President-elect Trump has nominated for Labor Secretary Andy Puzder, current CEO of a national fast food chain. He appears sympathetic to business leader concerns and opposes the new overtime rules and any substantial increase in the minimum wage. Puzder's position is a powerful one. President-elect Trump will have the opportunity to appoint a majority of the members to the National Labor Relations Board changing the complement to three Republicans and two Democrats. He will also appoint the new NLRB General Counsel who sets the litigation and enforcement priorities for the Board. A new EEOC Chairman and its General Counsel will also be selected by him. These key posts will set the tone and agenda for those agencies, which is anticipated to be more employer friendly.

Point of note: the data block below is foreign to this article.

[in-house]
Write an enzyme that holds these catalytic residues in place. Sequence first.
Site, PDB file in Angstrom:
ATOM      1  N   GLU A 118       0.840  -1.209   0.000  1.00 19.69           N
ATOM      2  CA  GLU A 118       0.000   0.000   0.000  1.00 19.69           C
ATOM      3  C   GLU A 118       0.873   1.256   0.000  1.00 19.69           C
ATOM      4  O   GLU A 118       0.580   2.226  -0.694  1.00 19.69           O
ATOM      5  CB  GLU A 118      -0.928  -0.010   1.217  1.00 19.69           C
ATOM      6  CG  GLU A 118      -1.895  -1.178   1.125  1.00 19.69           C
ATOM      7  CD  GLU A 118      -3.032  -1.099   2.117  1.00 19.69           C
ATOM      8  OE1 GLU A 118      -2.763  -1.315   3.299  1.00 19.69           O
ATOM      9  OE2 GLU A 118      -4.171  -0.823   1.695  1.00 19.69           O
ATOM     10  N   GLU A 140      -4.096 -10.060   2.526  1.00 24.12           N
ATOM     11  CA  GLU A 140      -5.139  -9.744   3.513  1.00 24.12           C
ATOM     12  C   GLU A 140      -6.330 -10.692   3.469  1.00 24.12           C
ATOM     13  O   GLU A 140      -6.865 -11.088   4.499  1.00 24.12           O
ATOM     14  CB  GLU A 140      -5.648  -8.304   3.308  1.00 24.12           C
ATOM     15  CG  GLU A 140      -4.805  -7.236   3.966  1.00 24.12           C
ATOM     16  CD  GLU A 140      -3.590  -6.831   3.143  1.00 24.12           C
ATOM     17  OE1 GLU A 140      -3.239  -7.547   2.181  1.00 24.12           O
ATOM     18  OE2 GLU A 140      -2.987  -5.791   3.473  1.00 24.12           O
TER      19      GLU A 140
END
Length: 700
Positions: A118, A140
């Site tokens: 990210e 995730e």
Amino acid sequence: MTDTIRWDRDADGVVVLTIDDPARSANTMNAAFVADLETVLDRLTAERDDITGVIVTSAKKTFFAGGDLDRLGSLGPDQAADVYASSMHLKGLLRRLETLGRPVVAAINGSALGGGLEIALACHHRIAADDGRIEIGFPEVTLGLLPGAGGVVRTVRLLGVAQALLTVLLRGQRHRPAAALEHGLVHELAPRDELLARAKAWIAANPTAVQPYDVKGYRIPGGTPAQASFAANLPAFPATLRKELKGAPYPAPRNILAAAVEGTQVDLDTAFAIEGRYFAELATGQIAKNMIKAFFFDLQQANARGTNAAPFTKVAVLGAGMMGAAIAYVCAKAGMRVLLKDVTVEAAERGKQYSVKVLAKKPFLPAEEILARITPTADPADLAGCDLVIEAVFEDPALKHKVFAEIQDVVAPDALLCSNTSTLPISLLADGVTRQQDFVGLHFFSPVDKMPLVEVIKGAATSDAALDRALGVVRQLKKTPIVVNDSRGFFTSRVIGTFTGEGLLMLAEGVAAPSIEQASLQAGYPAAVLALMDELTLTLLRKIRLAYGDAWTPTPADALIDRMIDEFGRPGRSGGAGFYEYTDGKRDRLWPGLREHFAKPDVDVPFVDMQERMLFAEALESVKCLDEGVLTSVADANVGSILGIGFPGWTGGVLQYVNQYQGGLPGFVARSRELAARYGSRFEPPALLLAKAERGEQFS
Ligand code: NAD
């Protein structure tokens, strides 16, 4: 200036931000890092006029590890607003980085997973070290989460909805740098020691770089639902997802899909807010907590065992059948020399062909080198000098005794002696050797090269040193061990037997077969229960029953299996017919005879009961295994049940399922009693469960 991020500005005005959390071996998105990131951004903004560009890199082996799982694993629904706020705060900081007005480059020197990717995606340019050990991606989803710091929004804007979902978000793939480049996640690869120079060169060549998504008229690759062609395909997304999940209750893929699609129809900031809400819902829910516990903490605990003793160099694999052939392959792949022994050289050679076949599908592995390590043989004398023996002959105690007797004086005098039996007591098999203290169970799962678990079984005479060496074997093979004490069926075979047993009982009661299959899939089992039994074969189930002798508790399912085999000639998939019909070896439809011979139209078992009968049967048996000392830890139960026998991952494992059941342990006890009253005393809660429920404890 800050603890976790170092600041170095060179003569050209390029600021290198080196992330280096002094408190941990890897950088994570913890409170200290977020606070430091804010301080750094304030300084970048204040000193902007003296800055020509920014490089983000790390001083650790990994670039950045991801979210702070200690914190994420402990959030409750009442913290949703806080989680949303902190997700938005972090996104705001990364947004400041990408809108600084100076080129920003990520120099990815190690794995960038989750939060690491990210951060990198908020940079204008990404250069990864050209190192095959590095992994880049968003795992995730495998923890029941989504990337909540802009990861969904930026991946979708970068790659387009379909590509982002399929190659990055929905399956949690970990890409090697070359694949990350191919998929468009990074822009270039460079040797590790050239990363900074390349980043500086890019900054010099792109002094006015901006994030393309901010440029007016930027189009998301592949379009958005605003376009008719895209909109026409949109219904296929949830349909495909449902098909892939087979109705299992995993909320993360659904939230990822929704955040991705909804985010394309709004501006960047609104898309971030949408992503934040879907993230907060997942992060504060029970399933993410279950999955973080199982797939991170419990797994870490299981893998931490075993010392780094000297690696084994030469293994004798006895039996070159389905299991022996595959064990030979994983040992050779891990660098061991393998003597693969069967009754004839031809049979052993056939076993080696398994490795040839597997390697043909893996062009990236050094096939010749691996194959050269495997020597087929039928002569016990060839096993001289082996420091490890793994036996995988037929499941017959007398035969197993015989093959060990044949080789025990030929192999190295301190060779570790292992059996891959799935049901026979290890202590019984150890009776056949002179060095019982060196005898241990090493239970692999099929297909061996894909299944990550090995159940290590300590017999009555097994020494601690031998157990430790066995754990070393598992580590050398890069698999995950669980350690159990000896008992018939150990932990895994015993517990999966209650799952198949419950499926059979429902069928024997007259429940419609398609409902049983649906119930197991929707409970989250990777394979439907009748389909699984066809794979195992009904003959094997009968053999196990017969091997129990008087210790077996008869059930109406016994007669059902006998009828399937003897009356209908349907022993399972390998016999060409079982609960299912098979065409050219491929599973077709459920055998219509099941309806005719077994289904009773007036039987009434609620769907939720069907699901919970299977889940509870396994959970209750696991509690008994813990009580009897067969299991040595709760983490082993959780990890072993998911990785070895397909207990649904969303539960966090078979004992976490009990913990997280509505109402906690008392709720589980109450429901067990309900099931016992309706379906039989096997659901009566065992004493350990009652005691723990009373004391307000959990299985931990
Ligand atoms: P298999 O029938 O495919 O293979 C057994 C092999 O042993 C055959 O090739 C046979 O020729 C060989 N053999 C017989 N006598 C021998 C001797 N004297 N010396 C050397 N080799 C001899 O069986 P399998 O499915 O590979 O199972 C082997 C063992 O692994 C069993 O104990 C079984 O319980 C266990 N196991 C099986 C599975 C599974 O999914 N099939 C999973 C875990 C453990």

But where the federal government may become less aggressive toward employers and revise the regulatory scheme to decrease the burden on employers, surely states and municipalities will continue their aggressive initiatives on such things as minimum wage, paid sick leave, parental leave, LGBT rights, pay equity, and predictable advanced work scheduling for employees. These state and municipal initiatives will present significant problems for employers because the agenda of interest groups driving local legislation is oftentimes radical. Multi-state employers will find it even harder to keep track of their legal obligations as state and local legislators adopt a wide variety of inconsistent labor laws.
Here are a few of the predictions for labor/employment activities in the Trump administration –
- The new FLSA overtime rules which are on hold will be revised and installed with modification – expect the $455 per week salary requirement to be increased by $100 - $200 but not to the current $913 per week in the most recent regulations now on hold – automatic escalator provisions to raise the salary requirement periodically will go away.
- The federal minimum wage will be increased from $7.25 per hour to approximately $9.50 per hour over multiple years and numerous states will enact their own minimum wage requirements moving toward $13 per hour.